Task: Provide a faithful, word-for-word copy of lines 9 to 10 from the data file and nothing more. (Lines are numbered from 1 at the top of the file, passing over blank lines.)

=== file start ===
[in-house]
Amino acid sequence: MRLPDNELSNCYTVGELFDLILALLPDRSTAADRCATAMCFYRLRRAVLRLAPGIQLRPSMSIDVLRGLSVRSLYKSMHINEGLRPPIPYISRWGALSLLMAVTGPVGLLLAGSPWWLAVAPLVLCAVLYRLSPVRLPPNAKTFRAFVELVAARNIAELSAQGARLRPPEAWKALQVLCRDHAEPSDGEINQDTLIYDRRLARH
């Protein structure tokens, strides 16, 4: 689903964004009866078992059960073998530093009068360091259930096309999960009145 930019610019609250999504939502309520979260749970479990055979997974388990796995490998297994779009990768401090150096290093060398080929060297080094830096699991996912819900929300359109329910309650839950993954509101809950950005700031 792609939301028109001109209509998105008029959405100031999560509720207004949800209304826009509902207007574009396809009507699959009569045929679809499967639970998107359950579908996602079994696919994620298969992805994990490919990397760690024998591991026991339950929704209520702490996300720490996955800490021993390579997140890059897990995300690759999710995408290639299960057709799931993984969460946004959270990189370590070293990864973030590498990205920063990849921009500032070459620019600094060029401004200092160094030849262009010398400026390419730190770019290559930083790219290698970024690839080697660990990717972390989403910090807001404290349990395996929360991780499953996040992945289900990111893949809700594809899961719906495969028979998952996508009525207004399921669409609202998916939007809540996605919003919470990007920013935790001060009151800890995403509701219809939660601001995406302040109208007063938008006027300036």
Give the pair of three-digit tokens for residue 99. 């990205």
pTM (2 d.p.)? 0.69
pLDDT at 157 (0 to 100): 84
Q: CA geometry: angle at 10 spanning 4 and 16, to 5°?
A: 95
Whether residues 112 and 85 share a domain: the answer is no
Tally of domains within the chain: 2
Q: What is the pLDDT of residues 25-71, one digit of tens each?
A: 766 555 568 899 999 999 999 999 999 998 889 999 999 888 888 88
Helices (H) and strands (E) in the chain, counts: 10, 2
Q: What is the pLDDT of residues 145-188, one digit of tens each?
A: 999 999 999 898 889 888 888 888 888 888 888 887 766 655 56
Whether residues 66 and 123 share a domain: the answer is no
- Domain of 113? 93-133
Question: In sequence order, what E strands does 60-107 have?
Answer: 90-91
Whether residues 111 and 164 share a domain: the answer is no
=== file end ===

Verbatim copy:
Whether residues 112 and 85 share a domain: the answer is no
Tally of domains within the chain: 2